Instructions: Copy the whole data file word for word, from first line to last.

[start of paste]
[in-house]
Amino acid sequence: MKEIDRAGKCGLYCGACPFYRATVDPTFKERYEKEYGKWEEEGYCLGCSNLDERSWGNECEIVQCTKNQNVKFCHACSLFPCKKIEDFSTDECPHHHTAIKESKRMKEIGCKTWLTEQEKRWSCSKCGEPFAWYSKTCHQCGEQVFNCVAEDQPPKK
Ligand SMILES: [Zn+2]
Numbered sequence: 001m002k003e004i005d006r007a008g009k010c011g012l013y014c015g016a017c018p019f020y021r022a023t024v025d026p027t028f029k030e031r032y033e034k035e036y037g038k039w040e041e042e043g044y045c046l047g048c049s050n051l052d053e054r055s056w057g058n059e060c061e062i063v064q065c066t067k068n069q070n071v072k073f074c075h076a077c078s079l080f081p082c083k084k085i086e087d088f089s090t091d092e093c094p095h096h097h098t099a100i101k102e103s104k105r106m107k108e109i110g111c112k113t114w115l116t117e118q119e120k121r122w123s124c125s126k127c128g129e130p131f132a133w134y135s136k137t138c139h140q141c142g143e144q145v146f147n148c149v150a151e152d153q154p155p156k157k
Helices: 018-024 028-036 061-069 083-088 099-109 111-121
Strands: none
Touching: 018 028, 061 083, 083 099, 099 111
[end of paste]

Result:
[in-house]
Amino acid sequence: MKEIDRAGKCGLYCGACPFYRATVDPTFKERYEKEYGKWEEEGYCLGCSNLDERSWGNECEIVQCTKNQNVKFCHACSLFPCKKIEDFSTDECPHHHTAIKESKRMKEIGCKTWLTEQEKRWSCSKCGEPFAWYSKTCHQCGEQVFNCVAEDQPPKK
Ligand SMILES: [Zn+2]
Numbered sequence: 001m002k003e004i005d006r007a008g009k010c011g012l013y014c015g016a017c018p019f020y021r022a023t024v025d026p027t028f029k030e031r032y033e034k035e036y037g038k039w040e041e042e043g044y045c046l047g048c049s050n051l052d053e054r055s056w057g058n059e060c061e062i063v064q065c066t067k068n069q070n071v072k073f074c075h076a077c078s079l080f081p082c083k084k085i086e087d088f089s090t091d092e093c094p095h096h097h098t099a100i101k102e103s104k105r106m107k108e109i110g111c112k113t114w115l116t117e118q119e120k121r122w123s124c125s126k127c128g129e130p131f132a133w134y135s136k137t138c139h140q141c142g143e144q145v146f147n148c149v150a151e152d153q154p155p156k157k
Helices: 018-024 028-036 061-069 083-088 099-109 111-121
Strands: none
Touching: 018 028, 061 083, 083 099, 099 111